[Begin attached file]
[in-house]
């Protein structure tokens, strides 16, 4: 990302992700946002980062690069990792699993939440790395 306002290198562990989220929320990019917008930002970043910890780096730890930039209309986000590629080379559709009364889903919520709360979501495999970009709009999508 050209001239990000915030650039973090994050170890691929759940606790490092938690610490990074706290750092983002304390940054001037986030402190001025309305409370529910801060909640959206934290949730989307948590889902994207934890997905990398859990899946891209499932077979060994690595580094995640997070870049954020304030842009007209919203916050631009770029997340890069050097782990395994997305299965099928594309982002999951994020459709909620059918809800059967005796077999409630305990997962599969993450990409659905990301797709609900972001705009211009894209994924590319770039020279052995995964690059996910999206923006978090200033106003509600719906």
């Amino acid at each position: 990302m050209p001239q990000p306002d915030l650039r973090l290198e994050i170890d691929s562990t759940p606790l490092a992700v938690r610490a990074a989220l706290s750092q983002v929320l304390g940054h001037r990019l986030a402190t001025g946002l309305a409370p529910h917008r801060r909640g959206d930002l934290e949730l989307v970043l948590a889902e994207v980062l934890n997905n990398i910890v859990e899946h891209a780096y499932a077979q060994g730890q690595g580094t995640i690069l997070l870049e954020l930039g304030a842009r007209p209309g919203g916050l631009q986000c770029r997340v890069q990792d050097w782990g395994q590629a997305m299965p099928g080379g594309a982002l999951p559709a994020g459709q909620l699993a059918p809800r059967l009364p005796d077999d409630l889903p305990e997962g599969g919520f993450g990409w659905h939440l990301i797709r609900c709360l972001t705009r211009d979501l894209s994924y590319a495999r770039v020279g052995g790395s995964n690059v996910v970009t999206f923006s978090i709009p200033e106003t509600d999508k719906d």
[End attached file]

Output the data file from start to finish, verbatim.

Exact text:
[in-house]
């Protein structure tokens, strides 16, 4: 990302992700946002980062690069990792699993939440790395 306002290198562990989220929320990019917008930002970043910890780096730890930039209309986000590629080379559709009364889903919520709360979501495999970009709009999508 050209001239990000915030650039973090994050170890691929759940606790490092938690610490990074706290750092983002304390940054001037986030402190001025309305409370529910801060909640959206934290949730989307948590889902994207934890997905990398859990899946891209499932077979060994690595580094995640997070870049954020304030842009007209919203916050631009770029997340890069050097782990395994997305299965099928594309982002999951994020459709909620059918809800059967005796077999409630305990997962599969993450990409659905990301797709609900972001705009211009894209994924590319770039020279052995995964690059996910999206923006978090200033106003509600719906």
């Amino acid at each position: 990302m050209p001239q990000p306002d915030l650039r973090l290198e994050i170890d691929s562990t759940p606790l490092a992700v938690r610490a990074a989220l706290s750092q983002v929320l304390g940054h001037r990019l986030a402190t001025g946002l309305a409370p529910h917008r801060r909640g959206d930002l934290e949730l989307v970043l948590a889902e994207v980062l934890n997905n990398i910890v859990e899946h891209a780096y499932a077979q060994g730890q690595g580094t995640i690069l997070l870049e954020l930039g304030a842009r007209p209309g919203g916050l631009q986000c770029r997340v890069q990792d050097w782990g395994q590629a997305m299965p099928g080379g594309a982002l999951p559709a994020g459709q909620l699993a059918p809800r059967l009364p005796d077999d409630l889903p305990e997962g599969g919520f993450g990409w659905h939440l990301i797709r609900c709360l972001t705009r211009d979501l894209s994924y590319a495999r770039v020279g052995g790395s995964n690059v996910v970009t999206f923006s978090i709009p200033e106003t509600d999508k719906d």